The Gray Man Reviews
Jack Conley is boring with his really wooden act showing no emotion except for being dead serious.
The script was well put together, voice overs are a little lazy.
The cast is alright, the background cast, can't act.
Subplot with Jack Conley slowed the movie down a lot.
It's weaknesses mostly come from narrations, subplots, and background characters, such as the coroner checking out the body.
It's strength really came from Patrick Bauchau who can really sell his lines.
As for the disturbing moments, leave it to the lead to send any chills down your back, even his voice overs seem eerie.
But understand this is not a horror movie or a thriller; it's more of a psychological drama about the last few years of this sick individual and the cop who is determined to arrest him.
People have this curious idea that mass killings are a modern development. As if there were no spree killers before Charles Starkweather, no serial killers before the Boston Strangler. Therefore, the mere existence of Albert Fish comes as a surprise to a lot of people. It doesn't seem as though someone like that could have existed so long ago. When people from before the '50s killed lots of people, they were in some sort of fantasy world, a world outside the real one. We know of very few of them, and they are all in a sort of legendary existence. Fact and fiction have long since blended together. However, Albert Fish was executed in the electric chair, for starters, which is in and of itself evidence of the modern nature of his crimes. Tony Curtis, who has just died (and what a fine body of work he leaves behind!), was ten when Fish was executed. Olivia de Havilland and Joan Fontaine (both still alive) already had careers at the time. He's before the '50s, but he has not had time to crystallize into the fantastic.
One day, young Grace Budd (Lexi Ainsworth) went away to a party with a friendly old man and was never seen again. The man, who said his name was Frank Howard, said he would hire Grace's older brother, Edward (Eric Parker). He said his niece was having a birthday party, and Grace should go. Her parents (Ben Hall and Jillian Armenante) trusted him. It turns out, however, that the man was actually Albert Fish (Patrick Dachau, playing a crazy person for once and not a psychiatrist), a deeply disturbed man who murdered and ate young Grace. Fish had a warped childhood and a complicated relationship with his own family; the idea that they're always so normal is not a reliable one. And then there's Detective Will King (Jack Conley), who is haunted by the memory of Grace and driven to find her killer, and not just because he suspects the person has killed before and will kill again.
Not that the film talks much about the other actual killings. They show a boy, possibly Francis X. McDonnell, another of his known victims, hanging from a tree, the bone of one leg exposed. And it is certainly true that Fish's own claims about his repeated rapes and murders of children are suspect at best. He claimed, you see, to have "had" a hundred children, at least one in every state. (That would be 48, as the last few states prior to Alaska and Hawaii were made states before Fish's capture and execution.) The claims were doubtful at best, and it seems reasonable to believe that his murders were limited to the Eastern Seaboard. However, if you knew nothing about Fish, this movie might reasonably lead you to conclude that he had killed two children and otherwise just written obscene letters. Dachau makes a fine Fish, but he feels somehow wasted here. I'm not saying I want gory detail, and certainly I'm even uncomfortable with the need to end the film on his execution, but it still seems to be missing something.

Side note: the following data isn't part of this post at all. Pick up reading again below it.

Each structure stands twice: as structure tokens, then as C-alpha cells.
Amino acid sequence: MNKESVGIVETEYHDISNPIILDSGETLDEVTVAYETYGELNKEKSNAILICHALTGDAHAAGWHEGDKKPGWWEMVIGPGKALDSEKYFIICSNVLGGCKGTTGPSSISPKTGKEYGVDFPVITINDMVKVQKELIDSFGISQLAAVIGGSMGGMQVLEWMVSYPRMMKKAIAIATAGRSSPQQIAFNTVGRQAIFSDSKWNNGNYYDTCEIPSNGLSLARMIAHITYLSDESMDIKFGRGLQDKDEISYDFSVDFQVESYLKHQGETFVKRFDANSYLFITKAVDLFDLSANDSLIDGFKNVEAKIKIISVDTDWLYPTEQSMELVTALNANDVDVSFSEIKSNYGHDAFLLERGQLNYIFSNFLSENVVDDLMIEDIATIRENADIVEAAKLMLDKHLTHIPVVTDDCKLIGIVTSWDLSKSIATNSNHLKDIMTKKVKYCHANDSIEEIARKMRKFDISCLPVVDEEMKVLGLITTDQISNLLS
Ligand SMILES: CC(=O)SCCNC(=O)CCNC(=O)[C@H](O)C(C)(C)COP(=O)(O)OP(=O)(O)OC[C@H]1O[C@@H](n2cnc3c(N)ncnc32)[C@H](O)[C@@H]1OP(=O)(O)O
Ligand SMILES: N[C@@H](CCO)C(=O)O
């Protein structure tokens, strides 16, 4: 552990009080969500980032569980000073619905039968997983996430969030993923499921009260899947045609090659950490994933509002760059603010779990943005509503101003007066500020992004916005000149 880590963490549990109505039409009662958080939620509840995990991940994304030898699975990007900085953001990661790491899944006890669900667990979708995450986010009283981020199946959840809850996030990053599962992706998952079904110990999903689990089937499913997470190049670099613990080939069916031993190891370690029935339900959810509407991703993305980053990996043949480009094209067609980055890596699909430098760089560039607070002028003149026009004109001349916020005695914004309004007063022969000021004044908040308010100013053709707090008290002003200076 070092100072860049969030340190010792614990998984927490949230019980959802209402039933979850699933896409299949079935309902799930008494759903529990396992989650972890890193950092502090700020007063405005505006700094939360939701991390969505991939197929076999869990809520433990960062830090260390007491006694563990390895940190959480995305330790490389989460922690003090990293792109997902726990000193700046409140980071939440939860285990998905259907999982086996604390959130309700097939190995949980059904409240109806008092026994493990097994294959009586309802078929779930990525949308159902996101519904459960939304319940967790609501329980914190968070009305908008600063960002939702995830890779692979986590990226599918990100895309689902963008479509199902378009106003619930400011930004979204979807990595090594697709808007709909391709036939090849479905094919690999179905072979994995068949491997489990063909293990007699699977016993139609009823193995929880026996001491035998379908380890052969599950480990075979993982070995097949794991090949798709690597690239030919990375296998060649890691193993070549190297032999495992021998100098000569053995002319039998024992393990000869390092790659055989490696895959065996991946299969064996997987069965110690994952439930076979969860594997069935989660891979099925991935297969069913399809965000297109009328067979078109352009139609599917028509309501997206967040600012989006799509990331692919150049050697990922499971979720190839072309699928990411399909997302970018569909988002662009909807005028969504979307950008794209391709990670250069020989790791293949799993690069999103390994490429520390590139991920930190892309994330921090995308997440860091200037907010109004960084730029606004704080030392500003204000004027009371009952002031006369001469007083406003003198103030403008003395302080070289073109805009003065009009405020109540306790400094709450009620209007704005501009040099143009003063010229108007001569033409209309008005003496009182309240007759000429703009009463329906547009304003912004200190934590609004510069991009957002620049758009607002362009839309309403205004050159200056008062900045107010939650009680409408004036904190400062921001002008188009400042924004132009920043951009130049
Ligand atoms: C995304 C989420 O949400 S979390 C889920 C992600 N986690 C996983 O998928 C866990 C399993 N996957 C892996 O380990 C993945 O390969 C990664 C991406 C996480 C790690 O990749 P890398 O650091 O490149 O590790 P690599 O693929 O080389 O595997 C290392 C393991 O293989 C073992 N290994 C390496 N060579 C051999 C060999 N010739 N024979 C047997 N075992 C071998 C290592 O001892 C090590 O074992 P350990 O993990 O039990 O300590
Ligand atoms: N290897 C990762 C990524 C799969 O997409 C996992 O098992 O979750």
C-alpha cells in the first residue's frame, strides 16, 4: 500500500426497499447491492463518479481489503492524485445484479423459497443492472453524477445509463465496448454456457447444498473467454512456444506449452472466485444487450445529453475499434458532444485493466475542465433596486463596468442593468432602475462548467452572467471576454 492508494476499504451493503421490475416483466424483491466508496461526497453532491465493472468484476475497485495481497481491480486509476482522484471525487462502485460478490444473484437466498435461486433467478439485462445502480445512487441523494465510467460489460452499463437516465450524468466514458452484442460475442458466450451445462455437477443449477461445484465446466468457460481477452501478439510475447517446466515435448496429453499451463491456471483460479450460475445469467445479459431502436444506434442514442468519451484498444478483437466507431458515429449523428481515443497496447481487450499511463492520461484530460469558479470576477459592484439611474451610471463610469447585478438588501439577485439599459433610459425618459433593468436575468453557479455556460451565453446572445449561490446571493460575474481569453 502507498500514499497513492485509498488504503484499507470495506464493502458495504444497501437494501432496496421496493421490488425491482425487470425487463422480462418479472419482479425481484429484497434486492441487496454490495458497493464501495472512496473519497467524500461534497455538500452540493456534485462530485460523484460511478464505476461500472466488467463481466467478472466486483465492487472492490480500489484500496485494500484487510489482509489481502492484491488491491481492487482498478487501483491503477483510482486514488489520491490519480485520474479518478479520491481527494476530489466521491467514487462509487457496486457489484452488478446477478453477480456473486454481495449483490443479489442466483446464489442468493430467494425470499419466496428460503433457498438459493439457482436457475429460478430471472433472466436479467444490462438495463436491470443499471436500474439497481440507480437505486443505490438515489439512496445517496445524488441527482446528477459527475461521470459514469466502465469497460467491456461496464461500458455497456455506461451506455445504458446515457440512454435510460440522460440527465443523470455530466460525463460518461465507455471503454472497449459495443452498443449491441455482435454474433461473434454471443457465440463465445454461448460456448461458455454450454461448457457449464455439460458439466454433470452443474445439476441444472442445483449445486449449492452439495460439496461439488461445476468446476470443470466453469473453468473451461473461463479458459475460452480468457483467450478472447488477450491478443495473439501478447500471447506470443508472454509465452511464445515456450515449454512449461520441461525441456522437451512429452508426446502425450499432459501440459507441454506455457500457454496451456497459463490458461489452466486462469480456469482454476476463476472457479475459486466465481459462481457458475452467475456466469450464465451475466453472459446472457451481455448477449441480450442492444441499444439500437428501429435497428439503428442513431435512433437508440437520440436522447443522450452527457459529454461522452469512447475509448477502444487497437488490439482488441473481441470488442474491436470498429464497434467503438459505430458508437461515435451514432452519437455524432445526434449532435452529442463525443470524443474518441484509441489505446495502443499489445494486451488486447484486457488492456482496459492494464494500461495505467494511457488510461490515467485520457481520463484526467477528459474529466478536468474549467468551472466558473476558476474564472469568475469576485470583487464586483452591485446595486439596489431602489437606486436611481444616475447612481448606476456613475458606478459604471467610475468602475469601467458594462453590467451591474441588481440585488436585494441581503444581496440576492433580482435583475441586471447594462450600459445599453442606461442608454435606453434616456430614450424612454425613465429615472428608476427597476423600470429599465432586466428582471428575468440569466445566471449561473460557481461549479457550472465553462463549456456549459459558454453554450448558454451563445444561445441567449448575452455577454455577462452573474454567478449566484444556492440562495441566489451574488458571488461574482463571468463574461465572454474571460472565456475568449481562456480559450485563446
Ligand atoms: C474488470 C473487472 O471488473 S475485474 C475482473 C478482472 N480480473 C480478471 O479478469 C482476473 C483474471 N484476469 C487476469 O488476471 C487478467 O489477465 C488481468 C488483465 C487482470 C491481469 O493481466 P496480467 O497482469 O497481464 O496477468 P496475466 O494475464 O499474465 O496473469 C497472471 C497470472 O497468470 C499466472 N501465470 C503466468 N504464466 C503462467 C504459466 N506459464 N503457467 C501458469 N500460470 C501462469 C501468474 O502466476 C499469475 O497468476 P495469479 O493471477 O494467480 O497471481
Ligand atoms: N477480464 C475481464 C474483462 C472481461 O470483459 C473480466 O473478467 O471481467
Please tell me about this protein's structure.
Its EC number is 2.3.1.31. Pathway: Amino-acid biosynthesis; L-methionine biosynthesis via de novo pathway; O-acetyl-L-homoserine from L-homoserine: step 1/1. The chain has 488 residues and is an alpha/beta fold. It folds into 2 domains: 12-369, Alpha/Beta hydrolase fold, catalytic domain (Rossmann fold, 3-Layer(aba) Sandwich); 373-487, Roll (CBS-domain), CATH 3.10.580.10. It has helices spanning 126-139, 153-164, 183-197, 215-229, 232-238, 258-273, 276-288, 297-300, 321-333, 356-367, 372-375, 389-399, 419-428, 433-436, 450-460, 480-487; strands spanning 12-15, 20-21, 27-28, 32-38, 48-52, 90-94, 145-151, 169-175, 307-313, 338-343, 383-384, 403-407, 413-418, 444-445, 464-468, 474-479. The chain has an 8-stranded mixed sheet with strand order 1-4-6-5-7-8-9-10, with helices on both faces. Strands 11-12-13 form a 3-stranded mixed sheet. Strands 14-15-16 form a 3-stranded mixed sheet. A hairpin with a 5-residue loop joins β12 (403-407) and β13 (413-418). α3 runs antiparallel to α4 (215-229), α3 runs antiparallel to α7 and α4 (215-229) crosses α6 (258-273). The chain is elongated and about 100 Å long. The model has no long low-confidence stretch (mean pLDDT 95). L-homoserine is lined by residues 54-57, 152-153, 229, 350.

I note with some delight, however, that one of the actual defense witnesses at his trial was Fredric Wertham, unidentified by the film. Presumably on the grounds that no one who hasn't studied the history of comic books knows who Fredric Wertham was. Now, apparently, Wertham did some good work, and at least one or two of the points made in his infamous [i]Seduction of the Innocent[/i] are valid. (I can't look them up, as I don't have a copy; it's out of print and prohibitively expensive. Even the Evergreen library's copy seems to be a bound photocopy.) I can even see the argument, not presented by the movie, that executing Fish was a waste to medical science. I can see his desire to study the man and learn what creates an Albert Fish. Certainly it parallels some of my own views on the subject, though I'm not as certain about the usefulness of such studies, given I think the behaviour is at least in part innate and that someone like him wouldn't necessarily want to be cured anyway. However, I can still see Wertham's point, which is something over most of what he said about comics.
This is that rarest of things, a mediocre film about a serial killer. There are a few which are excellent, such as [i]Monster[/i] and [i]Zodiac[/i]. (I believe it was A&E which did an interesting one about Ted Bundy's offer to help catch the Green River Killer.) Mostly, they are terrible and exploitative. The story of Albert Fish could easily be the kind of gory and unpleasant stuff you get in a lot of those. About the worst gore here is the hanging body of that boy; about the most unpleasant is Fish's self-flagellation. The cannibalism is discussed but not shown. On the other hand, there isn't anything which rises to superior filming. The story of Fish is just kind of there. Dachau is a talented actor, and he does a good job with what's presented to him. The girl who played Grace looked properly winsome--and quite young, given she was seventeen and Grace was ten. It's just that doing the best with what's there is still not doing anything spectacular.